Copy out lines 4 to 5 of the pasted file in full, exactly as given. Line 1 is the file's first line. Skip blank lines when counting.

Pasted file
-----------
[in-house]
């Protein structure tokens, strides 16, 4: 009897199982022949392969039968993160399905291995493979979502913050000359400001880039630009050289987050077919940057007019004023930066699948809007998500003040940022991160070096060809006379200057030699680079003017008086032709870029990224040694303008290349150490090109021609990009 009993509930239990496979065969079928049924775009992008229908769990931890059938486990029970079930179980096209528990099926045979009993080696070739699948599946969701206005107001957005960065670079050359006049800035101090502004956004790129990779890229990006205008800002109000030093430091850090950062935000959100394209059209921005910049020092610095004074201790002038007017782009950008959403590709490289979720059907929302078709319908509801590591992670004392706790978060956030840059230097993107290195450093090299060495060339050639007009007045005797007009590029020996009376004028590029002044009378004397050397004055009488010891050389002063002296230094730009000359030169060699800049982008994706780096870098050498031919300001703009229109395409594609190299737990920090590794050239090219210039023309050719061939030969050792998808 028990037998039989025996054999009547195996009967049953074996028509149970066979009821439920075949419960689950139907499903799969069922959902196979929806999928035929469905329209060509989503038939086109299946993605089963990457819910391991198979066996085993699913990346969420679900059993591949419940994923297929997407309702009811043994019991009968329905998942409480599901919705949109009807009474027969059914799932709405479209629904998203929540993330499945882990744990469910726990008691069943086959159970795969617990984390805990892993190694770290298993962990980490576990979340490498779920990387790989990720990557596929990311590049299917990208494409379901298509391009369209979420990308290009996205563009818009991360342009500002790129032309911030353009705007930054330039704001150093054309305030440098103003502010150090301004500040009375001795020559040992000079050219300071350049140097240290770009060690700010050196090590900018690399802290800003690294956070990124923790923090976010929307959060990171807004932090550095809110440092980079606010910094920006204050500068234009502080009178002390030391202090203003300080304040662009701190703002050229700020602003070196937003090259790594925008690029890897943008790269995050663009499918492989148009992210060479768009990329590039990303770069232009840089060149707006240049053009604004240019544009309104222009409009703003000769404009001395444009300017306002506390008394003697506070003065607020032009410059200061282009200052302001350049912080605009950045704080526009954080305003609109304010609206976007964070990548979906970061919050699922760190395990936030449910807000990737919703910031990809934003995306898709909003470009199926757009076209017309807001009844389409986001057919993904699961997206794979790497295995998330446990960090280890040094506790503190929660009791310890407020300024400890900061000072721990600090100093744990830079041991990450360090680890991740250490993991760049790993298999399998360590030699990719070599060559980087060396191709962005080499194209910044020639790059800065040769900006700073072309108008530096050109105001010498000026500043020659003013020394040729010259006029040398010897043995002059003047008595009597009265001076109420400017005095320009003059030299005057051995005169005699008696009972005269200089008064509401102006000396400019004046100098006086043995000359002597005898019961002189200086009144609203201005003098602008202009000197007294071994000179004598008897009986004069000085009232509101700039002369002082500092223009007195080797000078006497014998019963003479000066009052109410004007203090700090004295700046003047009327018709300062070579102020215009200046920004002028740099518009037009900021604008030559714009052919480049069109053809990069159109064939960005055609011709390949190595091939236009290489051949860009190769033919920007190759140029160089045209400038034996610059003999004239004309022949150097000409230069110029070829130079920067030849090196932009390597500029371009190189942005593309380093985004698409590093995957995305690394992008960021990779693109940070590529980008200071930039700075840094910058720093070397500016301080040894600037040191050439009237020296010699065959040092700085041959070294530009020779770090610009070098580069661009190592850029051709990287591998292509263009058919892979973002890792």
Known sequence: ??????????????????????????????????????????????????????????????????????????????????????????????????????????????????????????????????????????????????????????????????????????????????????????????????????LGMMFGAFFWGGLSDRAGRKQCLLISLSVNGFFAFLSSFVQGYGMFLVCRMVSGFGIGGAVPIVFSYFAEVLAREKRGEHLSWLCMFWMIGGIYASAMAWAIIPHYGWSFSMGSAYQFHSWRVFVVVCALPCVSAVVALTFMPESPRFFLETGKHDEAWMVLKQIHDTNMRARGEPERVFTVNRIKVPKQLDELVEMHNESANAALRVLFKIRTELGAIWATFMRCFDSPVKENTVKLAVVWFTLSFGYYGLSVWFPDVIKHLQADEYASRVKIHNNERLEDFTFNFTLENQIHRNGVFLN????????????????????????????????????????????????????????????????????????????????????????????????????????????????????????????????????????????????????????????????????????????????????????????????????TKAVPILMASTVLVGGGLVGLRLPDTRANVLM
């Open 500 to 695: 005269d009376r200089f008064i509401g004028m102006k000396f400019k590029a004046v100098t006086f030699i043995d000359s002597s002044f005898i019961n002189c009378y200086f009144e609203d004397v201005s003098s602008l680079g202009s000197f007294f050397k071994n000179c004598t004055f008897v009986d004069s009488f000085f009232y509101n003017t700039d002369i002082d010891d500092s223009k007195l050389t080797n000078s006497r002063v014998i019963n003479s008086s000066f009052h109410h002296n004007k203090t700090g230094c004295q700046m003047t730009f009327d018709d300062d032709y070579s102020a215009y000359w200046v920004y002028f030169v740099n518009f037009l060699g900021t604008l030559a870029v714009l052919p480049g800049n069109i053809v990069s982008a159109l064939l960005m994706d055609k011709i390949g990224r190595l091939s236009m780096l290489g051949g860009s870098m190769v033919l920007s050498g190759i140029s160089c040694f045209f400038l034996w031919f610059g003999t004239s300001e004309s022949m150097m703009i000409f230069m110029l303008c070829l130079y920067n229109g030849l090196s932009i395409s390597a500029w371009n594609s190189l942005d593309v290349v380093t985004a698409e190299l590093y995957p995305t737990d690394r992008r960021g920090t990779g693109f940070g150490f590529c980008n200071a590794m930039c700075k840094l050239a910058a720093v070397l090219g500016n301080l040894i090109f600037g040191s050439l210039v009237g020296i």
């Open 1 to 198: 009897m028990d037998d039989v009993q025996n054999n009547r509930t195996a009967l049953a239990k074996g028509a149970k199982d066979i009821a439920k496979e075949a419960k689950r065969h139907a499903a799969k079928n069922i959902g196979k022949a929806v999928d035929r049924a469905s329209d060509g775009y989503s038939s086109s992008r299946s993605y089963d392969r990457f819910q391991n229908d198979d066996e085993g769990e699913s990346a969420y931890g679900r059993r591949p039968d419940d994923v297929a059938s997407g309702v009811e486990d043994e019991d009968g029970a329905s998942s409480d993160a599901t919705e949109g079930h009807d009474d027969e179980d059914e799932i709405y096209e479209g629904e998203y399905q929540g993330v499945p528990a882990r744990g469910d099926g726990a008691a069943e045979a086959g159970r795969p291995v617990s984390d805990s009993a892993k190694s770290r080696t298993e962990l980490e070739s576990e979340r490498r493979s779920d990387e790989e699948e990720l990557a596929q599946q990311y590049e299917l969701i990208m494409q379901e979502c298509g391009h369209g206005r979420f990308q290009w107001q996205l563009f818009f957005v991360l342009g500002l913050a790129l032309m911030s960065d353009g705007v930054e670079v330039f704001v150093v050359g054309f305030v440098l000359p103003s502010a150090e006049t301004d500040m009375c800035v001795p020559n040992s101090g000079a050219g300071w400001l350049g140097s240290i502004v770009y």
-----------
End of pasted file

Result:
């Open 500 to 695: 005269d009376r200089f008064i509401g004028m102006k000396f400019k590029a004046v100098t006086f030699i043995d000359s002597s002044f005898i019961n002189c009378y200086f009144e609203d004397v201005s003098s602008l680079g202009s000197f007294f050397k071994n000179c004598t004055f008897v009986d004069s009488f000085f009232y509101n003017t700039d002369i002082d010891d500092s223009k007195l050389t080797n000078s006497r002063v014998i019963n003479s008086s000066f009052h109410h002296n004007k203090t700090g230094c004295q700046m003047t730009f009327d018709d300062d032709y070579s102020a215009y000359w200046v920004y002028f030169v740099n518009f037009l060699g900021t604008l030559a870029v714009l052919p480049g800049n069109i053809v990069s982008a159109l064939l960005m994706d055609k011709i390949g990224r190595l091939s236009m780096l290489g051949g860009s870098m190769v033919l920007s050498g190759i140029s160089c040694f045209f400038l034996w031919f610059g003999t004239s300001e004309s022949m150097m703009i000409f230069m110029l303008c070829l130079y920067n229109g030849l090196s932009i395409s390597a500029w371009n594609s190189l942005d593309v290349v380093t985004a698409e190299l590093y995957p995305t737990d690394r992008r960021g920090t990779g693109f940070g150490f590529c980008n200071a590794m930039c700075k840094l050239a910058a720093v070397l090219g500016n301080l040894i090109f600037g040191s050439l210039v009237g020296i």
């Open 1 to 198: 009897m028990d037998d039989v009993q025996n054999n009547r509930t195996a009967l049953a239990k074996g028509a149970k199982d066979i009821a439920k496979e075949a419960k689950r065969h139907a499903a799969k079928n069922i959902g196979k022949a929806v999928d035929r049924a469905s329209d060509g775009y989503s038939s086109s992008r299946s993605y089963d392969r990457f819910q391991n229908d198979d066996e085993g769990e699913s990346a969420y931890g679900r059993r591949p039968d419940d994923v297929a059938s997407g309702v009811e486990d043994e019991d009968g029970a329905s998942s409480d993160a599901t919705e949109g079930h009807d009474d027969e179980d059914e799932i709405y096209e479209g629904e998203y399905q929540g993330v499945p528990a882990r744990g469910d099926g726990a008691a069943e045979a086959g159970r795969p291995v617990s984390d805990s009993a892993k190694s770290r080696t298993e962990l980490e070739s576990e979340r490498r493979s779920d990387e790989e699948e990720l990557a596929q599946q990311y590049e299917l969701i990208m494409q379901e979502c298509g391009h369209g206005r979420f990308q290009w107001q996205l563009f818009f957005v991360l342009g500002l913050a790129l032309m911030s960065d353009g705007v930054e670079v330039f704001v150093v050359g054309f305030v440098l000359p103003s502010a150090e006049t301004d500040m009375c800035v001795p020559n040992s101090g000079a050219g300071w400001l350049g140097s240290i502004v770009y």